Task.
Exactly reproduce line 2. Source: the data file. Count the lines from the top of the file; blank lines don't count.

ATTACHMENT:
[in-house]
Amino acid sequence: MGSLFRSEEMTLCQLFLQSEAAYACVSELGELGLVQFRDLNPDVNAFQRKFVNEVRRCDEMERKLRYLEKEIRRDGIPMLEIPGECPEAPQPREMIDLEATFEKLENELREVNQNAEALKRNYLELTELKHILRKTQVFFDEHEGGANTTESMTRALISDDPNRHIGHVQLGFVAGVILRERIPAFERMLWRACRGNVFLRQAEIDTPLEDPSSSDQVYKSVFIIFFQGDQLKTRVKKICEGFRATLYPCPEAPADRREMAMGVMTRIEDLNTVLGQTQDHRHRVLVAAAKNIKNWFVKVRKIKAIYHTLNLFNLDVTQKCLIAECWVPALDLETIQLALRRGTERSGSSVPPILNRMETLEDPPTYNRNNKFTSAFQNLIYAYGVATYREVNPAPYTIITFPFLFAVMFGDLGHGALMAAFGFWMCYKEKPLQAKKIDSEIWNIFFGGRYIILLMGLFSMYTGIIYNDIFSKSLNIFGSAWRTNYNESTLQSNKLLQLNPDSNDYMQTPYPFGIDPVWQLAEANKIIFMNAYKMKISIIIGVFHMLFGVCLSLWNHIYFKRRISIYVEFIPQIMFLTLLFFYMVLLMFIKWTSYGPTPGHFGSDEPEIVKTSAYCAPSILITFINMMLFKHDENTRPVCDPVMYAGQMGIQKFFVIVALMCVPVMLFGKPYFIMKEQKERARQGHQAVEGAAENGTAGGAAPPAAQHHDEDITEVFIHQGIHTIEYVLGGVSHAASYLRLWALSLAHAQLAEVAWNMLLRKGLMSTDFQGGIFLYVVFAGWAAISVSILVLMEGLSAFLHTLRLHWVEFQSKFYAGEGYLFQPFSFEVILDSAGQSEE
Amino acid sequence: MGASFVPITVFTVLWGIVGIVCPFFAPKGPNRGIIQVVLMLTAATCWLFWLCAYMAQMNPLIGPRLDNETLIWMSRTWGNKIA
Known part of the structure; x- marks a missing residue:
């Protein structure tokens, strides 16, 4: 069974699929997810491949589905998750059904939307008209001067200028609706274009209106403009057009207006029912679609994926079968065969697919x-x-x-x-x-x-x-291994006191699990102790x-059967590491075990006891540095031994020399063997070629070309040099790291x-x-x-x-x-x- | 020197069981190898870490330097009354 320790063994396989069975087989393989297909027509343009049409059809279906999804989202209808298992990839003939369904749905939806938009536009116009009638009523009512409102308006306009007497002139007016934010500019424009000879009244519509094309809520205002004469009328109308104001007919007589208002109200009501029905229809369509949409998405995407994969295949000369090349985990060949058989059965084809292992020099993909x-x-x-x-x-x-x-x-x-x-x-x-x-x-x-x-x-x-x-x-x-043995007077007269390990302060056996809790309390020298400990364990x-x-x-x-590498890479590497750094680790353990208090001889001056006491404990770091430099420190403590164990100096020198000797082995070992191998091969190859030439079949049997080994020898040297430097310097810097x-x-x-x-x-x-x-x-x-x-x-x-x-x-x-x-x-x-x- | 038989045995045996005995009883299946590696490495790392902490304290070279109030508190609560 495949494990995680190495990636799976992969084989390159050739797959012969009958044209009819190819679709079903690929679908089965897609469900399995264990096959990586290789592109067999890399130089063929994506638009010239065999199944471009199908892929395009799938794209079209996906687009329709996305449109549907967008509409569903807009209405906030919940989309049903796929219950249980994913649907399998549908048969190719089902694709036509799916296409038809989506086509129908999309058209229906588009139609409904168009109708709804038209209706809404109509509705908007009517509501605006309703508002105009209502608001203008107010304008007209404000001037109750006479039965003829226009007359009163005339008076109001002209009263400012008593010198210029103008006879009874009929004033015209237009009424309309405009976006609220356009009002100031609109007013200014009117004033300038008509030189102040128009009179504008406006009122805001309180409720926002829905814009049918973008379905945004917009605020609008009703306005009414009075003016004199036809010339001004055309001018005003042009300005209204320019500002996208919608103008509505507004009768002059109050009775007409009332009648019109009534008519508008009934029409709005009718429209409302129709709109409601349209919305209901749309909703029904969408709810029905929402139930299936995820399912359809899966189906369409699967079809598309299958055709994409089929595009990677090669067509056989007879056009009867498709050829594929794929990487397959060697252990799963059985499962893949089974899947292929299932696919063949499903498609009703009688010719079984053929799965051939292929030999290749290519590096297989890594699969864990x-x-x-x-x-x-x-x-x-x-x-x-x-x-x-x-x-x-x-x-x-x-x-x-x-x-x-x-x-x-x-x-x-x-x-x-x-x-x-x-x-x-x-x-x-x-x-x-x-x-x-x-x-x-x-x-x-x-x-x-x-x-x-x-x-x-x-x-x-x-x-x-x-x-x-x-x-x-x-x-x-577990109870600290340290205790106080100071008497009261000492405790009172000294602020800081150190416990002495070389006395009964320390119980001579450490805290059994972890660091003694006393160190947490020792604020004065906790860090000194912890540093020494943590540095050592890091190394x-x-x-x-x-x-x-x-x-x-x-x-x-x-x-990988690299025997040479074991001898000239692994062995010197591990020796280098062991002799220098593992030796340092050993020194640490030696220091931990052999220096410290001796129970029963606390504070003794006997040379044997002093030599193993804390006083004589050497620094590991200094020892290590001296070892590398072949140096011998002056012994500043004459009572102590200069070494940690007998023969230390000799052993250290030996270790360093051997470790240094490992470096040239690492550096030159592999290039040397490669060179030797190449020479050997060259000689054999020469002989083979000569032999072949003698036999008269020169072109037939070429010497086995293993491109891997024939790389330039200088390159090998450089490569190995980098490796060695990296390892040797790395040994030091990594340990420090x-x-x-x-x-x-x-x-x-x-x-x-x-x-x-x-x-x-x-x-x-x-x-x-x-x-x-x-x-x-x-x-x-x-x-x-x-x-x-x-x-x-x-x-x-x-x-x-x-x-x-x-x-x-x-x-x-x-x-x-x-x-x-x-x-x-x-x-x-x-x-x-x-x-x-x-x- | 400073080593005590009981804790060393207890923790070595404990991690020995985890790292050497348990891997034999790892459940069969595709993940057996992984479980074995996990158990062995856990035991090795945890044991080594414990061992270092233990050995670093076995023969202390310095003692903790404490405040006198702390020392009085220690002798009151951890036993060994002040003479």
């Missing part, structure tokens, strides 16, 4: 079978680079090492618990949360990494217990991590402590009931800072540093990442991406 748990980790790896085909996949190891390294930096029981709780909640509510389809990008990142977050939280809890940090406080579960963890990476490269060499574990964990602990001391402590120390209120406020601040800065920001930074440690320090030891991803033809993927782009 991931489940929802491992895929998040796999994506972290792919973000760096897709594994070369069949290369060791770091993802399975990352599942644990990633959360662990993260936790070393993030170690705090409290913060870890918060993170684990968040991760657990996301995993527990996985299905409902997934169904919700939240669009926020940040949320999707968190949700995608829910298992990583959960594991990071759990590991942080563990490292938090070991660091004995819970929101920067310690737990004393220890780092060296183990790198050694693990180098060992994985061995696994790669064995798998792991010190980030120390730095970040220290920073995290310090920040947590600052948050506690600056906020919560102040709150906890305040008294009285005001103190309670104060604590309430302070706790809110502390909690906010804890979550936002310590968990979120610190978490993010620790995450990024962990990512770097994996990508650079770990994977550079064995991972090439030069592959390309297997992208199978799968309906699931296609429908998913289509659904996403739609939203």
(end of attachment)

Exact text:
Amino acid sequence: MGSLFRSEEMTLCQLFLQSEAAYACVSELGELGLVQFRDLNPDVNAFQRKFVNEVRRCDEMERKLRYLEKEIRRDGIPMLEIPGECPEAPQPREMIDLEATFEKLENELREVNQNAEALKRNYLELTELKHILRKTQVFFDEHEGGANTTESMTRALISDDPNRHIGHVQLGFVAGVILRERIPAFERMLWRACRGNVFLRQAEIDTPLEDPSSSDQVYKSVFIIFFQGDQLKTRVKKICEGFRATLYPCPEAPADRREMAMGVMTRIEDLNTVLGQTQDHRHRVLVAAAKNIKNWFVKVRKIKAIYHTLNLFNLDVTQKCLIAECWVPALDLETIQLALRRGTERSGSSVPPILNRMETLEDPPTYNRNNKFTSAFQNLIYAYGVATYREVNPAPYTIITFPFLFAVMFGDLGHGALMAAFGFWMCYKEKPLQAKKIDSEIWNIFFGGRYIILLMGLFSMYTGIIYNDIFSKSLNIFGSAWRTNYNESTLQSNKLLQLNPDSNDYMQTPYPFGIDPVWQLAEANKIIFMNAYKMKISIIIGVFHMLFGVCLSLWNHIYFKRRISIYVEFIPQIMFLTLLFFYMVLLMFIKWTSYGPTPGHFGSDEPEIVKTSAYCAPSILITFINMMLFKHDENTRPVCDPVMYAGQMGIQKFFVIVALMCVPVMLFGKPYFIMKEQKERARQGHQAVEGAAENGTAGGAAPPAAQHHDEDITEVFIHQGIHTIEYVLGGVSHAASYLRLWALSLAHAQLAEVAWNMLLRKGLMSTDFQGGIFLYVVFAGWAAISVSILVLMEGLSAFLHTLRLHWVEFQSKFYAGEGYLFQPFSFEVILDSAGQSEE